3. You have to plan a five day vacation along the west coast of Italy. You want to find out what are the must-see sightseeing spots along the Italian west coast, and learn about Italian wine and the best vineyards in Tuscany to visit on your trip.
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22 thoughts on “Microsoft Tracking Search and Browsing Behavior to Find Authoritative Pages”

  1. Thanks, Bill. Interesting possibilities (not new or earth shattering but…) both for structuring site search returns and content additional/optional reading suggestions by also accounting for the initial SE query that landed the visitor. Should be able to increase time on site and page views.

    I am not so happy about ‘systems offering popular destinations led to more successful and efficient searching‘ as that might cement a given return as becoming popular requires being offered as a return in the first place. Rather Catch-22. Non-SE popularity may be increasingly needed to overome rigid ‘once an authority always an authority’ query rankings.

  2. You’re welcome.

    I think that this points out well that if you are going to try to optimize for a specific phrase, that you want to spend time making sure that the page optimized, or other pages on the site fulfill the needs of people searching for that phrase.

    Good point on the non-search engine popularity. I think that it was interesting that a number of the final destination pages being found through this process were unranked, and unindexed pages. Be interesting to see how this branch of research continues in the future.

  3. I never thought it was possible tracking your browsing behaviour when Microsoft is finding with my opnion their authoritative websites. So if I search a long time from another Ip than mine, to my website, microsoft is thinking my website is authorative.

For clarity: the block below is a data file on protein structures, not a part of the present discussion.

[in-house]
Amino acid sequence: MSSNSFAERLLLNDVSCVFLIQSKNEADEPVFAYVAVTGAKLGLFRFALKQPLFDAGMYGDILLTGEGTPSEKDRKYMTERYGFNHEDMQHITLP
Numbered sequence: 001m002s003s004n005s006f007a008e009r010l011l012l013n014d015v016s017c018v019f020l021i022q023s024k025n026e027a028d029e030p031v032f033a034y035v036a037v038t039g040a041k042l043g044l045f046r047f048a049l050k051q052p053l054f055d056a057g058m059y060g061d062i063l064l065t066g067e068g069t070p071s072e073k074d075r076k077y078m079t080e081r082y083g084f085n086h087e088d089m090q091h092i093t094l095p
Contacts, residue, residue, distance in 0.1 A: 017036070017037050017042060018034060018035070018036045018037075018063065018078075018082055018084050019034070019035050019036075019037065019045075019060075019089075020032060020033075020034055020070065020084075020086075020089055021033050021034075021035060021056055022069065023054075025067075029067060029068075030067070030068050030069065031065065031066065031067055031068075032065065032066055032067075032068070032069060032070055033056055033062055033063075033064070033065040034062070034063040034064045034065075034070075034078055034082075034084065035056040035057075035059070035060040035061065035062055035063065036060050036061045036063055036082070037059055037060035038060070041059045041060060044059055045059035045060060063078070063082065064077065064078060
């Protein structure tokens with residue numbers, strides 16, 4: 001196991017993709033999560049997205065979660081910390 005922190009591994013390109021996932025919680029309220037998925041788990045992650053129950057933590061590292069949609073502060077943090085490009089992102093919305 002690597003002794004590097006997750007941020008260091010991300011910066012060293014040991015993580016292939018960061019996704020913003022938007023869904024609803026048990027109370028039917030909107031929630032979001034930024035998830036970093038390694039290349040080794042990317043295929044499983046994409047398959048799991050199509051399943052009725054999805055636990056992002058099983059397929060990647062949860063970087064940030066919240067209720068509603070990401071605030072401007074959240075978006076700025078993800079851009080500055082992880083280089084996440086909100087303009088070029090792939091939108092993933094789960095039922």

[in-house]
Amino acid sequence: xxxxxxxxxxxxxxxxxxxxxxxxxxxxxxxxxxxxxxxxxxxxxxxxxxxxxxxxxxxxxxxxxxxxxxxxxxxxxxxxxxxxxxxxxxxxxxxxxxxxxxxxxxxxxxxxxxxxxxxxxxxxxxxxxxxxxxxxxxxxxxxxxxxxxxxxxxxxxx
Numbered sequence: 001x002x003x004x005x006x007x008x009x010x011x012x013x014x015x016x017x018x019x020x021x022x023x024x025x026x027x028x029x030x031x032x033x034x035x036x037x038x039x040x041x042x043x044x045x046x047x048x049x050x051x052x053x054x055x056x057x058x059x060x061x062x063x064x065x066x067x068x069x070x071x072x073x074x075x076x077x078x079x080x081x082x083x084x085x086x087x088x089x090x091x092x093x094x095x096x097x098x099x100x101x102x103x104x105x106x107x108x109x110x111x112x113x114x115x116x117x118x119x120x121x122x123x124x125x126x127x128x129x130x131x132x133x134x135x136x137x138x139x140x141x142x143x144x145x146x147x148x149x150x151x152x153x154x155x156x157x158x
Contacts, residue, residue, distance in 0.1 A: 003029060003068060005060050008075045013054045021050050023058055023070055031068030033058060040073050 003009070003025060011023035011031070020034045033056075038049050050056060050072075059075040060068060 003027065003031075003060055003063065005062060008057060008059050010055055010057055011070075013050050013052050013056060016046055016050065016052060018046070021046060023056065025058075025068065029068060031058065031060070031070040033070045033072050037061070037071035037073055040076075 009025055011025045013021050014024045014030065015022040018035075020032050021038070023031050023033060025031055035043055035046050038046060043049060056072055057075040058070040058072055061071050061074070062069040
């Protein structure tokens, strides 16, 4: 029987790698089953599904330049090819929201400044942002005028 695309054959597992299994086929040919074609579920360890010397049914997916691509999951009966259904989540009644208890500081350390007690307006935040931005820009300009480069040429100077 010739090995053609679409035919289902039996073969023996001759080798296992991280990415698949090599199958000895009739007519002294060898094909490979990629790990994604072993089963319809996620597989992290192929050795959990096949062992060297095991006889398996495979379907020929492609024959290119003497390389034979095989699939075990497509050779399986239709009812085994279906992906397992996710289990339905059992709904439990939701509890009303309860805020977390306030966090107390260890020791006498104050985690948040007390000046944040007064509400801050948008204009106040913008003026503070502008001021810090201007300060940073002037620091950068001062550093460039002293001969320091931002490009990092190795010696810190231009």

4. My brain hurts after reading this :p There was me thinking that all I had to do was optimise pages. I’ve just printed off the MSN paper to try and see what I can get from it.
    Thanks for the heads up

  5. Greetings Bill….superior post as per usual! Thanks for this. Am glad that the big players are looking beyond pagerank. What percentage of web pages are indexed / indexable vs total amount of pages out there? It never ceases to amaze me when I see how many pages are designed without search engines in mind.

  6. HI Jacques,

    Thank you. It is encouraging to see a process from one of the major search enignes that does look beyond pagerank.

    There are probably billions of pages out in the deep web that are purposefully uncrawlable, as well as sites that dynamically create new pages as they are asked for (such as search pages on a blog for visitor defined queries). Definitely more sites should be designed considering search engines.